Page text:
J: Eh-hehe… I am becoming more and more aware of my workaholic tendencies. I also have a lot of stories I want to write and publish. So I’m actually in a place where I’m trying to reassess what success looks like for me and celebrate the small victories as they come instead of focusing on all the things I haven’t gotten to achieved yet.
So I’m not entirely sure what my overall definition of success is anymore but I published a book this year without any major hiccups, so I’m celebrating that!
Finally, what is your favorite kind of tea? Very important question!
J: I have a weakness for anything fruity. Raspberry, blueberry, pomegranate, etc. will be a yes for me every time. Chai is also always a good option. When writing it’s often simply English Breakfast with honey.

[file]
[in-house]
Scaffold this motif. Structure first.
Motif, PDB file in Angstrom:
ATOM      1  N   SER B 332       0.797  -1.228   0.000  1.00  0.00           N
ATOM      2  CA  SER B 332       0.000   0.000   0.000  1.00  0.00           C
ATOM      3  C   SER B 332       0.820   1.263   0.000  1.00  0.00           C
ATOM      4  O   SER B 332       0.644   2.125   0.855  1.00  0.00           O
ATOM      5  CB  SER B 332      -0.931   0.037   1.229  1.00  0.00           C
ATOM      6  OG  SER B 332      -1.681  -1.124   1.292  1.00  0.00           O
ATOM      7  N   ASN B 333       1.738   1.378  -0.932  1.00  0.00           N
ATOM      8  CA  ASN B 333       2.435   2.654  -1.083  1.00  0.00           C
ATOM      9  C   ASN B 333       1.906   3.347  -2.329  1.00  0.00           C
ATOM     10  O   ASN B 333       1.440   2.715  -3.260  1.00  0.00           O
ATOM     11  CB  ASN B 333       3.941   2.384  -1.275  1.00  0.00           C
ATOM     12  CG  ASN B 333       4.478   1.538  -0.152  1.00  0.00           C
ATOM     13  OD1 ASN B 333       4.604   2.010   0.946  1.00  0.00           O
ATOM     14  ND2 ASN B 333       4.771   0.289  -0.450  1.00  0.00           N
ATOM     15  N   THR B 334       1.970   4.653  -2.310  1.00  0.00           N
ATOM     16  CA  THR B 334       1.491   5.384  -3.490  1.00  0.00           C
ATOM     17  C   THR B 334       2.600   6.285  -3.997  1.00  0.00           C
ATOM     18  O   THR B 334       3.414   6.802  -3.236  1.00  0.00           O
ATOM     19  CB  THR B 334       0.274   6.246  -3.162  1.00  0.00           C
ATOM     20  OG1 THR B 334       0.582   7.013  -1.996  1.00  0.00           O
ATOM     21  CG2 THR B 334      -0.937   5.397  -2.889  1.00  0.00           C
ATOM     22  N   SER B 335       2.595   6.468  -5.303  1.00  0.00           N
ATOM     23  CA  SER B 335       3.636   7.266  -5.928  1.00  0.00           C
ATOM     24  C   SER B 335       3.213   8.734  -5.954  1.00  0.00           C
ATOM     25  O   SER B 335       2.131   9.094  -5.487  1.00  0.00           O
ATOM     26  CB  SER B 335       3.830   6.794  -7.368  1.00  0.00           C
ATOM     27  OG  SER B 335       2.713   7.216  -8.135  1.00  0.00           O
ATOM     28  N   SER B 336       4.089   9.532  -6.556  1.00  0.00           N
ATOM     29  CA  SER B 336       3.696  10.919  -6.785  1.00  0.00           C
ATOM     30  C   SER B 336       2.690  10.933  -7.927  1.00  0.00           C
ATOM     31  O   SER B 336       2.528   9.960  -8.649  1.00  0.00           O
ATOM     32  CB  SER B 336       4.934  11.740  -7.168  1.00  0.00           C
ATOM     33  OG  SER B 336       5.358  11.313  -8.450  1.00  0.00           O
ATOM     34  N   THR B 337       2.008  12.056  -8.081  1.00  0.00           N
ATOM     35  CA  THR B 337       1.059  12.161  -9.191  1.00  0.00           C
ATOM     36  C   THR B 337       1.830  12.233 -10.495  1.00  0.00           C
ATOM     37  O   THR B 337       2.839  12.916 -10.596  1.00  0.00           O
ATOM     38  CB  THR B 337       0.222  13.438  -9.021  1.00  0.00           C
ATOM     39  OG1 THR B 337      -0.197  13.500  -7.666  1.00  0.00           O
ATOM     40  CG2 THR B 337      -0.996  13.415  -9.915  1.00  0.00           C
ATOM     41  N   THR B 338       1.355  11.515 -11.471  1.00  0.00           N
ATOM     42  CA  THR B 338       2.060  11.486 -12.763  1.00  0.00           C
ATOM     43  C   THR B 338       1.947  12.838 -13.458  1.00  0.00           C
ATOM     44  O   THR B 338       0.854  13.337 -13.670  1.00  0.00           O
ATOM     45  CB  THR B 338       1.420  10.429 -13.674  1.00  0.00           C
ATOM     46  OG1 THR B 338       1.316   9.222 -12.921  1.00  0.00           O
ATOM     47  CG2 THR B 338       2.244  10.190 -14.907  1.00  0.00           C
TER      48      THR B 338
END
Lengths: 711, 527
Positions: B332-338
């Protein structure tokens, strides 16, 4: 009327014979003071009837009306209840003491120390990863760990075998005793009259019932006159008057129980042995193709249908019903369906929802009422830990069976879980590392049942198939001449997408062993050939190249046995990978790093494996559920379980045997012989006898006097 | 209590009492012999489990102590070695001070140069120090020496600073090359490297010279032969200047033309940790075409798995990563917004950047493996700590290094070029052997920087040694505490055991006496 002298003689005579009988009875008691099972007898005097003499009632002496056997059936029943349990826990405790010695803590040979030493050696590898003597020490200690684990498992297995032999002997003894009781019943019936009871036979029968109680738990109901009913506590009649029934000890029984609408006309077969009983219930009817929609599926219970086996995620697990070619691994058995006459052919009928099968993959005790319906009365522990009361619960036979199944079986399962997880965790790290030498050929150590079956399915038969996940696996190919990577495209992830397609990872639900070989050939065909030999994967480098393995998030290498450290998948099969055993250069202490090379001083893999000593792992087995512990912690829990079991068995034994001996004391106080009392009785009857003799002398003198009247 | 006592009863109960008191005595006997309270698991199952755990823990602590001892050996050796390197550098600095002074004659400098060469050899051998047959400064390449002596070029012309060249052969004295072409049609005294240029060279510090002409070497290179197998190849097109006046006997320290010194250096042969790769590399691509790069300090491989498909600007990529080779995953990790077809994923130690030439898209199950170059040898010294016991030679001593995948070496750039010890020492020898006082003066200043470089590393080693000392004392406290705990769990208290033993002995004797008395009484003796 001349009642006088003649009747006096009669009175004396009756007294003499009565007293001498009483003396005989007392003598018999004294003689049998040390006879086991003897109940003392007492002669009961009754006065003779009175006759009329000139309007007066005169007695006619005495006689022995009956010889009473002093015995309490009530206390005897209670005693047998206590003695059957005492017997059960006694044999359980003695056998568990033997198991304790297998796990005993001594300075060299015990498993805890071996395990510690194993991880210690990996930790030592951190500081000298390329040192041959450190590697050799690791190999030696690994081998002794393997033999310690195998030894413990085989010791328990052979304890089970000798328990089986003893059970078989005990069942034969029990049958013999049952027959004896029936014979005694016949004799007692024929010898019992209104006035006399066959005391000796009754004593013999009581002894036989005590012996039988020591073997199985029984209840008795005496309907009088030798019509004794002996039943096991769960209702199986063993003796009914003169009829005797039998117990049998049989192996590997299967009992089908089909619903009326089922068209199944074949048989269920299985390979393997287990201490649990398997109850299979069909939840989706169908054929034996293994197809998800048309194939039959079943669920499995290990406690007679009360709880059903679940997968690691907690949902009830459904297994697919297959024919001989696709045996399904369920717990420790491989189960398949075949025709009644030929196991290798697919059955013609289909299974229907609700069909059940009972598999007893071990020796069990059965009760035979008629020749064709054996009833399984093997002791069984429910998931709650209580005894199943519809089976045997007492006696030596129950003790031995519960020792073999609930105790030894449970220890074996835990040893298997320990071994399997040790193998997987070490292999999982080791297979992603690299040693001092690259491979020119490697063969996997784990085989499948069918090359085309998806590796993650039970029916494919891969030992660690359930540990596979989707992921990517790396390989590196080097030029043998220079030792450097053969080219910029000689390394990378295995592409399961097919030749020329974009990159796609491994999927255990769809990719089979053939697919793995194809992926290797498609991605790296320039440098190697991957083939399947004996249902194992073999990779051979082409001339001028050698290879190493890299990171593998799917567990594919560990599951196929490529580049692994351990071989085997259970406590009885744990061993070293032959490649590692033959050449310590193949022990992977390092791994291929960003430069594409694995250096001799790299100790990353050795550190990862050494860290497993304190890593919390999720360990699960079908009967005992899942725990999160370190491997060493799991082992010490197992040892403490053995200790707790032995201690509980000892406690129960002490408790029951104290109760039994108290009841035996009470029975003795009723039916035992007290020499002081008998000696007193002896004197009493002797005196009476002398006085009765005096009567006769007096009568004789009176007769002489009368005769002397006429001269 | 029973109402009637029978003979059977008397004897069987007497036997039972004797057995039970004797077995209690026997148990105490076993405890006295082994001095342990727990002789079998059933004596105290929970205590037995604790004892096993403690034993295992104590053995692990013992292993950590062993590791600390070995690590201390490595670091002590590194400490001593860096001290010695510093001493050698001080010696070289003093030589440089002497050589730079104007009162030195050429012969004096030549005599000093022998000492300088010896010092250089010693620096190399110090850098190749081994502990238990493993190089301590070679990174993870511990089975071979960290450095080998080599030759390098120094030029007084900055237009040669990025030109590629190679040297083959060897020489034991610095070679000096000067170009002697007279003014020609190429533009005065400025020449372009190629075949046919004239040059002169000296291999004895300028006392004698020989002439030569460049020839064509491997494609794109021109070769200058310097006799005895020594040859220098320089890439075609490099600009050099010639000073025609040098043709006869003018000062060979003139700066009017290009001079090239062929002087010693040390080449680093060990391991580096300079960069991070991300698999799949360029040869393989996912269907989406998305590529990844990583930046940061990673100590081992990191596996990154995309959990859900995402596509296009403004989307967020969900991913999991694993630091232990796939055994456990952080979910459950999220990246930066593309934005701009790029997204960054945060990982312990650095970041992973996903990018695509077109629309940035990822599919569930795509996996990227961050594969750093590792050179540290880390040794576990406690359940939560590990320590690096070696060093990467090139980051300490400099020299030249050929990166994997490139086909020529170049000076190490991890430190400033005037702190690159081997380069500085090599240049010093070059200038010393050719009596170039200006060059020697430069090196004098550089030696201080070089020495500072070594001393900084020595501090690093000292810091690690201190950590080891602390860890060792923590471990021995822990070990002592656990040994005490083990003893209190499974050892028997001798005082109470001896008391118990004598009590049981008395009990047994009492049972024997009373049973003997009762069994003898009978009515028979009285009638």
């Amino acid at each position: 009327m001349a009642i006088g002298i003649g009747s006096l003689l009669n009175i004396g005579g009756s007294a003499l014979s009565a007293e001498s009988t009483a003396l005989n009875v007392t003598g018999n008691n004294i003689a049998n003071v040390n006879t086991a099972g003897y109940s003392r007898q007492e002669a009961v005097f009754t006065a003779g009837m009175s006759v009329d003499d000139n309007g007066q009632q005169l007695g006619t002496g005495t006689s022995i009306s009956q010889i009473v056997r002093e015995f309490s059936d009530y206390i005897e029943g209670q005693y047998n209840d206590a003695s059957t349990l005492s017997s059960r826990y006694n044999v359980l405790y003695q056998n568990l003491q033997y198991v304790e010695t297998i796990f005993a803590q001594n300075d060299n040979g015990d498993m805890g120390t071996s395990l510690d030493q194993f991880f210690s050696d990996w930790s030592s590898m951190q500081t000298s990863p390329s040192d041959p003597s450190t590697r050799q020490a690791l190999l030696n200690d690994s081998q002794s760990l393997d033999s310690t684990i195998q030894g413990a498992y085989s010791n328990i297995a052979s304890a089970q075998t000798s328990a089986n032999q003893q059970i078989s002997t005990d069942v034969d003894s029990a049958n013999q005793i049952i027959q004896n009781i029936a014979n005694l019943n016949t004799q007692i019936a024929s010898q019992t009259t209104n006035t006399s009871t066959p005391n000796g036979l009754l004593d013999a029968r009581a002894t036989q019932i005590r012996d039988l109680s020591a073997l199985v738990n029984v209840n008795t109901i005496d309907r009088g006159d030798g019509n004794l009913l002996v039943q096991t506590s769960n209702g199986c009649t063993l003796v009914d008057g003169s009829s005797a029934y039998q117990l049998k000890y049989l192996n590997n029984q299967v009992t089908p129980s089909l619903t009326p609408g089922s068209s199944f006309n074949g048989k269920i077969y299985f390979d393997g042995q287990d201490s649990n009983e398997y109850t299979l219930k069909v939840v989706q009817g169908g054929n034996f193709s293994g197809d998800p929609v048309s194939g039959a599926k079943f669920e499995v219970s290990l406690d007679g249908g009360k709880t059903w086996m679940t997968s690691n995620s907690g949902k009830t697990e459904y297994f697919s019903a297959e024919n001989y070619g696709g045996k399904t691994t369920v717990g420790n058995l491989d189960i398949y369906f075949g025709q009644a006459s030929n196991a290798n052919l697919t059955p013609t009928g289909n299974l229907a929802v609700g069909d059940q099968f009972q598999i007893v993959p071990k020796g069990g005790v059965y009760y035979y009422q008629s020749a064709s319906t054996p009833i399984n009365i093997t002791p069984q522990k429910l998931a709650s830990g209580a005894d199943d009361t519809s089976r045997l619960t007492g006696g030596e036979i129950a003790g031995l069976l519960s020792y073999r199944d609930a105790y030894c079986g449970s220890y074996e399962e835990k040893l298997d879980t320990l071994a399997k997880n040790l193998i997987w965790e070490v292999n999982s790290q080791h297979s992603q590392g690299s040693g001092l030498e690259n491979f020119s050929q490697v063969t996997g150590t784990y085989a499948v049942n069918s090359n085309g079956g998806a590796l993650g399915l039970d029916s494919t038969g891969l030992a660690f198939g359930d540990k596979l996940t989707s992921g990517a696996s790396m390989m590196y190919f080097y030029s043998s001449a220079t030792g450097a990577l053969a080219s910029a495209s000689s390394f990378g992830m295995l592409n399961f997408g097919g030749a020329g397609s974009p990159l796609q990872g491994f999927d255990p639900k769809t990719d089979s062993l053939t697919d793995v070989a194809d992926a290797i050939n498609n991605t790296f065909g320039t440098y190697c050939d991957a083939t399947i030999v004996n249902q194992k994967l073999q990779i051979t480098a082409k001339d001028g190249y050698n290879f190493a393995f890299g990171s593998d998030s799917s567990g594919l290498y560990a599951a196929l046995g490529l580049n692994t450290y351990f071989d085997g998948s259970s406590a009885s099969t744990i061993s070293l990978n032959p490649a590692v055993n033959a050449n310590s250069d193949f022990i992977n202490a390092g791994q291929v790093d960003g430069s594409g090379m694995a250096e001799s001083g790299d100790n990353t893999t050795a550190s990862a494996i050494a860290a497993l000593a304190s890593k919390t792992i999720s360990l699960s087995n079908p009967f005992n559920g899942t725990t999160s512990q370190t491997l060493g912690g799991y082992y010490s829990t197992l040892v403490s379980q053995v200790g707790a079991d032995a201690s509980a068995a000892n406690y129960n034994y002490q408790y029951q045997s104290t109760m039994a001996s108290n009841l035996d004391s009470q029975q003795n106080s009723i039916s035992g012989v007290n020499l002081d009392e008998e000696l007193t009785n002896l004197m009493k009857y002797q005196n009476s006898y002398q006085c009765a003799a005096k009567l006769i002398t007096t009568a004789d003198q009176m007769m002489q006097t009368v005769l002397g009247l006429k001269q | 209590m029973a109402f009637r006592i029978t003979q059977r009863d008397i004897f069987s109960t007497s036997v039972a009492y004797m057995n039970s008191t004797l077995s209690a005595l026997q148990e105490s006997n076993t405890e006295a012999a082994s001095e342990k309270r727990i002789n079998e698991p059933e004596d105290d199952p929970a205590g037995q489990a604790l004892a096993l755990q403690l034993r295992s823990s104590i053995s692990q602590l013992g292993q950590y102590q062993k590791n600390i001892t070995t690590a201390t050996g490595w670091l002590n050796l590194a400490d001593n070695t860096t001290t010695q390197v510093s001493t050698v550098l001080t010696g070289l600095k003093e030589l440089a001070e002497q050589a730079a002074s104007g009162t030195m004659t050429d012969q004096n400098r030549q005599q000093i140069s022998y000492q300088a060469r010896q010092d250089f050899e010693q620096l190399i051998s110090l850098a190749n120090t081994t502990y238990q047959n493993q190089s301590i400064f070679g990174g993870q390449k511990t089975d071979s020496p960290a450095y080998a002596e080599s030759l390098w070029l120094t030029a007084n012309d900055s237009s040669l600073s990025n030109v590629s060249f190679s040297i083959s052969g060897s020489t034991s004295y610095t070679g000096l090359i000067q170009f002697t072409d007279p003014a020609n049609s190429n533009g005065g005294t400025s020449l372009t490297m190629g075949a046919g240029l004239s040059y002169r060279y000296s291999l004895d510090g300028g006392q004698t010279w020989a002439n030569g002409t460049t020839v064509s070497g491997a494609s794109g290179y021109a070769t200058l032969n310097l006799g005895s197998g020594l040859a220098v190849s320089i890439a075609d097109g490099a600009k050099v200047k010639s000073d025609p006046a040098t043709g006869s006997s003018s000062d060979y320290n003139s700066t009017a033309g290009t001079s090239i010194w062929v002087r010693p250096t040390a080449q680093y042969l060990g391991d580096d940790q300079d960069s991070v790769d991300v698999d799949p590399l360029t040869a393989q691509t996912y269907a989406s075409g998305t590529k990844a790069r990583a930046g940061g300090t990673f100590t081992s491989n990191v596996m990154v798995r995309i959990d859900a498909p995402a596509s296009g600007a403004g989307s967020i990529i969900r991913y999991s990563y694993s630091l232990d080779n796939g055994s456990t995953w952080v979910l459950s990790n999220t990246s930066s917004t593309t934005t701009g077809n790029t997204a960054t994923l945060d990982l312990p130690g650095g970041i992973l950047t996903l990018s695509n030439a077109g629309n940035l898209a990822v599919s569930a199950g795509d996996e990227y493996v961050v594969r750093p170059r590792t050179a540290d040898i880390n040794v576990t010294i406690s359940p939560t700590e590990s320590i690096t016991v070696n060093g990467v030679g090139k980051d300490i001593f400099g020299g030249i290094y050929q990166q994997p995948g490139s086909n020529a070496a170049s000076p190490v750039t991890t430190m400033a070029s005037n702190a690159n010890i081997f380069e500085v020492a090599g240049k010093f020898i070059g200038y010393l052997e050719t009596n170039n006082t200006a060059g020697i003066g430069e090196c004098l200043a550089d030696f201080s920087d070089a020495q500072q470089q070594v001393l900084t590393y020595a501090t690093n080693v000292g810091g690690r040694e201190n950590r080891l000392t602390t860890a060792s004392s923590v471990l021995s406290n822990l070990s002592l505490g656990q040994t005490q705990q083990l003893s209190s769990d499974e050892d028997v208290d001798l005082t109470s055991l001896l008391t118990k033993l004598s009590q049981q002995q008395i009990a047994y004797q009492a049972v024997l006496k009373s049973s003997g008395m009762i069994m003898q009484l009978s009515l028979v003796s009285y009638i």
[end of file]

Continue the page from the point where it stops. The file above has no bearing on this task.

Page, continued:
Thank you so much, Jenni, for letting me interview you! I can’t wait to see how far you go. ❤ If you’re interested in learning more about Jenni and her latest novel, check out the bio and buy links below!
Jenni Sauer is a 20-something city girl from New York (but no, not The City). A pragmatic optimist, she writes fairy tale retellings woven with realism and laced with hope, striving to offer light that shines in, rather than denies the darkness. She’s been telling stories since before she could even hold a pencil and hasn’t slowed down since.
When not writing she spends her time nannying, overanalyzing stories, buying too many candles, and investing in her friends and the #bookstagram and writing communities on Instagram.
Social media: https://www.instagram.com/ivorypalaceprincess/
Book link: https://ivorypalacepress.com/rook-di-goo/